Revenge is sweet but not flattening?

spikeymikey

New member
I dont know if this topic has been raised before but I think it's an important issue on the subject of plate collecting and it's one that's kind of bothered me for years.

It's this: Do you 'flatten' a pickelhaube wappen that you wish to display.....or not? I see quite a few that have been squashed down and it annoys me somewhat.
Personally I don't, and for two reasons: One is that the plate is designed to be viewed 'curved' - it's obvious when you look at a flattened example especially of an eagle, and it all looks wrong proportionally - ridiculous in fact. The original design took the curve of the helmet into account and this is how the plate is supposed to be viewed. The other reason I don't flatten is metal-fatigue. I think it's possible to break the happen by trying to flatten it. This is even more likely if you decide to re-install it on a helmet in the future or sell it to someone who wishes to do so. It would need to be reshaped and these things are fragile and can't stand too much of this kind of thing. You might even get a kink or a crease across the sword of an eagle wappen too, or some other distortion which looks awful.

So I say - nay, I beg you - refrain from this naughty practice. What do you think? [-X
 

aicusv

Active member
I've never flattened any of mine. I do, however, have a couple that have been prior to my owning them. This is particularly true with Guard plates. I was had a chance to purchase a pair of candle holders, they were each made from two Guard plates soldered together with a US Civil War bayonet in between (this was to hold the candle).
I've never considered myself a Wappen collector (although I think I have more plates than helmets), I've just picked them up when I could. Its was a "just in case" type thing. It is also the same way I've ended up with a box of helmet parts.
 

Tony without Kaiser

Departed
Staff member
I'm a Wappen collector and have about a hundred and thirty of them in display cases. If I was offered a Wappen that had been flattened I wouldn't look twice at it. As far as I'm concerned it's been ruined. Same for dug examples. Not interested.
 

b.loree

Administrator
Staff member
I have a small collection of them and I am always looking. I would never ever consider flattening one of them, I regard them, as pieces of art. The detail, the gilding, the craftsmanship is amazing.
 

aicusv

Active member
Tony, I generally feel the same way about dug items, except I do have a few dug pieces in my American Civil War collection. They either have to have a particular story attached to them or be a part I need to complete something. Example would I don't like to use reproduction chin straps, but will use original hardware with new leather to make a strap for a helmet. If need be I would use dug strap parts.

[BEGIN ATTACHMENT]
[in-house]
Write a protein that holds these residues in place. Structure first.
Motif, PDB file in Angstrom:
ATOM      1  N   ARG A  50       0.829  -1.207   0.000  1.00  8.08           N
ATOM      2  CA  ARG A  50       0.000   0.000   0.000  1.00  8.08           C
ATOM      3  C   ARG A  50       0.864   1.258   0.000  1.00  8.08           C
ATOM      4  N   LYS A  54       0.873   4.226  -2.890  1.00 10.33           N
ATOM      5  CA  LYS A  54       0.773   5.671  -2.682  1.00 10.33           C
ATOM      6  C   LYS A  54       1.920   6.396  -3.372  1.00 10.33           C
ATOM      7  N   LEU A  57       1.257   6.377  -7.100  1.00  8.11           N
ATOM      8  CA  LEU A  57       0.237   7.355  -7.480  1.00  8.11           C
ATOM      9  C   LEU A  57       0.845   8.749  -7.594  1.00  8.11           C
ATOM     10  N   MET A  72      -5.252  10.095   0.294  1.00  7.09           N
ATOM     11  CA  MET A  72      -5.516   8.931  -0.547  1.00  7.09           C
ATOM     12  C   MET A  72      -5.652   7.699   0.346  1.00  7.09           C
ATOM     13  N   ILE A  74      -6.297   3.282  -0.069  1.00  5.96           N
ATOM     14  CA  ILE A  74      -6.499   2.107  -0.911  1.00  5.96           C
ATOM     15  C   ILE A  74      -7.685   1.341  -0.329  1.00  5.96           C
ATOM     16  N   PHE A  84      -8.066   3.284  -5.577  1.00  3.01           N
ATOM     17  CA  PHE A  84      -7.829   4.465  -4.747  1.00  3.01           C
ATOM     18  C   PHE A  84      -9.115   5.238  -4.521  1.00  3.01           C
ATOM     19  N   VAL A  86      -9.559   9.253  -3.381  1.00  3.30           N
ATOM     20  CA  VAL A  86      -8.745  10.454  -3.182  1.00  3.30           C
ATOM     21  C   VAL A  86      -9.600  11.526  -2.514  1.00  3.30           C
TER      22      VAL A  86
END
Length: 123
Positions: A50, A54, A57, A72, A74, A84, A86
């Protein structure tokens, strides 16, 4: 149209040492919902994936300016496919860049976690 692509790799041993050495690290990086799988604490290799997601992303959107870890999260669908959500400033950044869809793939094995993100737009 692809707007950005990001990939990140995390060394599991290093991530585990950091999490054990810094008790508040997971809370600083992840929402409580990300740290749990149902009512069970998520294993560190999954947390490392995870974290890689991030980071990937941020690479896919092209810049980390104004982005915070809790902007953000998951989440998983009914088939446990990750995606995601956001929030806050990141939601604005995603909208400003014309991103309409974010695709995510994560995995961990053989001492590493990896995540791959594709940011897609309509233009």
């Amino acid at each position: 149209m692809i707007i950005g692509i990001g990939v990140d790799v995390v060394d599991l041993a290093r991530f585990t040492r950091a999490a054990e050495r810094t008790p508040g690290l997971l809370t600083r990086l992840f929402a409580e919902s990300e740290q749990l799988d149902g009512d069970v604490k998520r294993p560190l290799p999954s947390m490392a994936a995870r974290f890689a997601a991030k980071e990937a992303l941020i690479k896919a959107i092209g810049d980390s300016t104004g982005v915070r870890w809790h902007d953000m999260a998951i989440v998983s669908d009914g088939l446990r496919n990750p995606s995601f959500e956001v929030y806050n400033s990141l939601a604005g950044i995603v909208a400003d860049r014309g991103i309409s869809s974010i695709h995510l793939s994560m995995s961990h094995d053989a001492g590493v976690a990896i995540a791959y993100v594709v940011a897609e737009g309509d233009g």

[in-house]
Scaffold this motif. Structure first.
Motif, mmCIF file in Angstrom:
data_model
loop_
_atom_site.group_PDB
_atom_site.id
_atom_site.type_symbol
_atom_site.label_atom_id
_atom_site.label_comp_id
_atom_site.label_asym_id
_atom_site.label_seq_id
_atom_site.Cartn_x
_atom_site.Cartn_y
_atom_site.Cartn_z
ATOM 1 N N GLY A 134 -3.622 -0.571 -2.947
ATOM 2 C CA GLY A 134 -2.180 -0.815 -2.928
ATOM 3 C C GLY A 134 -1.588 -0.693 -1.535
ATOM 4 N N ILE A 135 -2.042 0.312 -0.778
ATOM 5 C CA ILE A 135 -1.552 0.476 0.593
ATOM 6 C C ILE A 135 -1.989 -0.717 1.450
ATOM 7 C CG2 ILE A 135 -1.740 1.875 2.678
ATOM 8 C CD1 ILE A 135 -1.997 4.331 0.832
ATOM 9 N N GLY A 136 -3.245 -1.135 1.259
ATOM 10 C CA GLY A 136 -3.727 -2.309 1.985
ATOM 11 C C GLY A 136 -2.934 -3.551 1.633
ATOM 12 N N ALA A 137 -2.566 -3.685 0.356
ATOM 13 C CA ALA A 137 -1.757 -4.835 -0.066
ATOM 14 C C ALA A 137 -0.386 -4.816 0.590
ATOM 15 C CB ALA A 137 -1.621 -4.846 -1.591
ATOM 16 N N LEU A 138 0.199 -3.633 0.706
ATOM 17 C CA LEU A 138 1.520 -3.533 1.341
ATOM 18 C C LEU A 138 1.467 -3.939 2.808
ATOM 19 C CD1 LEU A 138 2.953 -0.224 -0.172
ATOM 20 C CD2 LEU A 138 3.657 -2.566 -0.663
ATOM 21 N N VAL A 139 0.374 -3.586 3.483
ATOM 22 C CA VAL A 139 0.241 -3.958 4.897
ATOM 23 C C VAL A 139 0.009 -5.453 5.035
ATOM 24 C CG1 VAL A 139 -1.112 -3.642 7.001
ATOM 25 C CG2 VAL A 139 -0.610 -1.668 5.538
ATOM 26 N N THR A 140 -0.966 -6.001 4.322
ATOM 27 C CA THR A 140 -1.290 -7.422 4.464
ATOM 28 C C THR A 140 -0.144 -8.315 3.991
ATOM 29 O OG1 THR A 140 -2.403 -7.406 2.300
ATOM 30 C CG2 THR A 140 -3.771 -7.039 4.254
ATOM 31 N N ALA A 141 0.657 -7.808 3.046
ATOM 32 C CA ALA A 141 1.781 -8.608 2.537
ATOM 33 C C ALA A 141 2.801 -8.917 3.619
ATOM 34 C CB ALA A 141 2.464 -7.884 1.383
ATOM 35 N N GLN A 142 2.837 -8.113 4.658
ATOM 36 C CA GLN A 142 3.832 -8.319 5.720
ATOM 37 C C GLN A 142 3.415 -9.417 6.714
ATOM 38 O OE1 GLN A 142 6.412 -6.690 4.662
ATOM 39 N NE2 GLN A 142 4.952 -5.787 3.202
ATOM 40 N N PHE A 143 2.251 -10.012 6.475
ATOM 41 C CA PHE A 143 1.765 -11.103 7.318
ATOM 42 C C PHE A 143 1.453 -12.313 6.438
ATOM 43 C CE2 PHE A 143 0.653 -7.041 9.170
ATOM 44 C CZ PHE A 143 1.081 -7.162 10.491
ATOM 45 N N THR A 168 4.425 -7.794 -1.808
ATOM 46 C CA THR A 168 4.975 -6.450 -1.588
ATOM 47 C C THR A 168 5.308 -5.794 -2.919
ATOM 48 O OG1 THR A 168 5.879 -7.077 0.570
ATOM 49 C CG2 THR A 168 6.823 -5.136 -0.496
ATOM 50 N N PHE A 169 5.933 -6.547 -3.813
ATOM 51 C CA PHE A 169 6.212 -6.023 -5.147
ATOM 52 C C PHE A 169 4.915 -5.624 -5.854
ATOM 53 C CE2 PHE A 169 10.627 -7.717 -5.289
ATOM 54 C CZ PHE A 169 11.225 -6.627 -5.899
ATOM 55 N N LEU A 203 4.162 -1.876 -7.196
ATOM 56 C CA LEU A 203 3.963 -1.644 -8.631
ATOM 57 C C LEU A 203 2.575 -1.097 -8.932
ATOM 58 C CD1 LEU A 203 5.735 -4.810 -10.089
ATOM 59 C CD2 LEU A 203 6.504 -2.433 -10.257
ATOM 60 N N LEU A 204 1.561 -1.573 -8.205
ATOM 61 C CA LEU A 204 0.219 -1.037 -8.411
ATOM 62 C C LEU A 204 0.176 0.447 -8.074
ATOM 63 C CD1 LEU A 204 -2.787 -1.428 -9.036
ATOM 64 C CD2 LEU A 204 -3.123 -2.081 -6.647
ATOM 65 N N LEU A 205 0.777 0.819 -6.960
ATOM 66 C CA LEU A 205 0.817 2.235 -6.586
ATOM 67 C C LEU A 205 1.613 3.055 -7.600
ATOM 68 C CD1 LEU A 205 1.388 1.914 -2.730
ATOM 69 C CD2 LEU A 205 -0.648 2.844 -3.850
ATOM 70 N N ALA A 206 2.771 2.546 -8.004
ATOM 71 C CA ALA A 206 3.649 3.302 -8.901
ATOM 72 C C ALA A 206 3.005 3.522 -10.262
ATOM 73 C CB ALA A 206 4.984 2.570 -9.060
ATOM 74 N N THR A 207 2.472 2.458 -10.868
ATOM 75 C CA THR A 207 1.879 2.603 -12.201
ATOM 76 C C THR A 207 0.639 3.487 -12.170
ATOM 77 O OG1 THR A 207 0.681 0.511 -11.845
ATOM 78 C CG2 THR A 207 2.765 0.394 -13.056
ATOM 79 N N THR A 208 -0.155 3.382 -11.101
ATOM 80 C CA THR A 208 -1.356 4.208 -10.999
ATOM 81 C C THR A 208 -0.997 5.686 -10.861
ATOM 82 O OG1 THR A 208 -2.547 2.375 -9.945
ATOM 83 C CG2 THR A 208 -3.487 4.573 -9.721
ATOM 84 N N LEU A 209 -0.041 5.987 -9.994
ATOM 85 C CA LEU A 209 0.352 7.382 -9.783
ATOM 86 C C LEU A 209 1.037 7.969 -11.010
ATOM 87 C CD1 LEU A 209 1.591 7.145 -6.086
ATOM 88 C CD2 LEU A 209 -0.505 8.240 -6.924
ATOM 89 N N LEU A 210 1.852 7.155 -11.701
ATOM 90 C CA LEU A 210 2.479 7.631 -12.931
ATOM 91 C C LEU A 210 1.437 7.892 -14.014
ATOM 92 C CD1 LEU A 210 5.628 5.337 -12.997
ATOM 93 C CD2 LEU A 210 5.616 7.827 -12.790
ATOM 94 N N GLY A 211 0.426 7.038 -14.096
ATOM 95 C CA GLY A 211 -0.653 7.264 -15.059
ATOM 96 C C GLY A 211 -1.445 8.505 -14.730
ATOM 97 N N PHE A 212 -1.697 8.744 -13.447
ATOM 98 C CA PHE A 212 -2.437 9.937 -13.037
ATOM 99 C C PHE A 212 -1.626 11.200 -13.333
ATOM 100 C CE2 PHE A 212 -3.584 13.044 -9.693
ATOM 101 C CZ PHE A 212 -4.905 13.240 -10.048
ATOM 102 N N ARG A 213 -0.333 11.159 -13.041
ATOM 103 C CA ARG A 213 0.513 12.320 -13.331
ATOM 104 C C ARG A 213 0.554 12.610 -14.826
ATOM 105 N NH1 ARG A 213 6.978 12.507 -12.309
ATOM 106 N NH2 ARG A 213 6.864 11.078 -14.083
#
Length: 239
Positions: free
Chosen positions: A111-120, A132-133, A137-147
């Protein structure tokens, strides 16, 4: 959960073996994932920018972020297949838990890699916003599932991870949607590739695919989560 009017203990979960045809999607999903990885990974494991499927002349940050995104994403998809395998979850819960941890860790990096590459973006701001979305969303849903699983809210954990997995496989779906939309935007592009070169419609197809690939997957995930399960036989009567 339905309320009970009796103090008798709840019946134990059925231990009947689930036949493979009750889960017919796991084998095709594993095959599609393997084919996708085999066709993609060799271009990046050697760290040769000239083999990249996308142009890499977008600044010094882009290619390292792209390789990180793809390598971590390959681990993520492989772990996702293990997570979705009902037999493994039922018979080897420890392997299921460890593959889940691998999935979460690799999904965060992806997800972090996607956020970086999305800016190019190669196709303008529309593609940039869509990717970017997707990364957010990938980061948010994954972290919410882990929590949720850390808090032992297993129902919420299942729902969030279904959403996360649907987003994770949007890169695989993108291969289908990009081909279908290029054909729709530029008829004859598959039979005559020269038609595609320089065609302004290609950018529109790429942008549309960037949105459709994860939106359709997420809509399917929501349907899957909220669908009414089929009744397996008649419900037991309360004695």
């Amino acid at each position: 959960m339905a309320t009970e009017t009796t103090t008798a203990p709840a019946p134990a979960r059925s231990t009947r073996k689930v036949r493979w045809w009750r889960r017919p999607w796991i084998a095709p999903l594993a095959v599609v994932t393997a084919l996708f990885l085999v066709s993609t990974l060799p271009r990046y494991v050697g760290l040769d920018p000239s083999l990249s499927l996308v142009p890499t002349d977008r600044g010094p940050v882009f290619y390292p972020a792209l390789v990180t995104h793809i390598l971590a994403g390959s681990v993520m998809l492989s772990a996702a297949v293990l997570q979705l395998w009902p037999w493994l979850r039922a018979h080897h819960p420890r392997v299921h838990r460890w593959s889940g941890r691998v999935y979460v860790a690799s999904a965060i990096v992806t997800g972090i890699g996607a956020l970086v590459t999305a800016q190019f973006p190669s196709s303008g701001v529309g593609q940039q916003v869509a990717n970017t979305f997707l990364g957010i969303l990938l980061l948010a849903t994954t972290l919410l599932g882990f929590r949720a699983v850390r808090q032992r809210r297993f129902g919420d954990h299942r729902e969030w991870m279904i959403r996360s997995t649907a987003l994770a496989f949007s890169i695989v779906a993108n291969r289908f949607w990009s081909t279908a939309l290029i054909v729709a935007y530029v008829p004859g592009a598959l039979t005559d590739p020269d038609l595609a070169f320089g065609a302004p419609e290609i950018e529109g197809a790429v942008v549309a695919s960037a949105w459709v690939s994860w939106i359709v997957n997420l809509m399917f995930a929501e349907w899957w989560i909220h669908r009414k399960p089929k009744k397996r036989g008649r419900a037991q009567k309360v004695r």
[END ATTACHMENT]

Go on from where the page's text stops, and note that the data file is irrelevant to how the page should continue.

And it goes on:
Dug ACW items I have,
US Smith pattern belt plate recovered from the Clump of Trees, Gettysburg, PA
US Artillery officer's uniform button recovered from the Clump of Trees, Gettysburg, PA
US Infantry privates soldier scales recovered from Falmouth VA (the entire company laid their dress coats out on the ground in company formation and the left them there, they were discovered in the late 1990's)
US bayonet, recovered from wall in Warrington PA (this is local to me), site of a farewell picnic for the 104th PA Volunteers as the marched off.
Drag for a US NCO sword scabbard. Over the years I acquired a small collection of sword parts in which was enough parts to assemble a complete NCO sword (all the parts from the same maker and had the same inspectors marks) except for the drag.

Sorry for posting too much Non-helmet, but ---
 

Tony without Kaiser

Departed
Staff member
Hi Steve,
Yes dug items can be fascinating especially with US Civil War. And I know a lot of guys collect Dug WW1 items but I just don't care for that when it comes to Wappen. T
 

seagull

Active member
On the other hand,.. saving a previously bent plate can benefit both you and the plate. The Wurttemburg plate I recently found to complete my Van der Heyden ersatz helm was not only flattened quite a bit but also liberally dripped with some vile coloured paint.
front.
DSCF9300.JPG
Rear.
DSCF9298.JPG

From the same dealer I also found this Saxon M15, again flattened quite severely this time, but in otherwise good condition.
Front.
DSCF9321.JPG
Rear.
DSCF9320.JPG The 'Ray' at 9 O clock was already strengthened with old solder so straightening that was a heart-stopper.

Turns out the dealer bought an old framed collection of all-flattened wappen, of which I got these two.

Some time ago I asked for advice on how to fix a broken wappen, now I know how - give it to my local genius who fixed this Dragoner from literally six pieces. Not perfect but, given it's previous condition, I will take what I can get.
Front.
DSCF9322 (2).JPG
Rear, with multiple solder points,..
DSCF9323 (2).JPG
Best regards,
Steve.
 
Top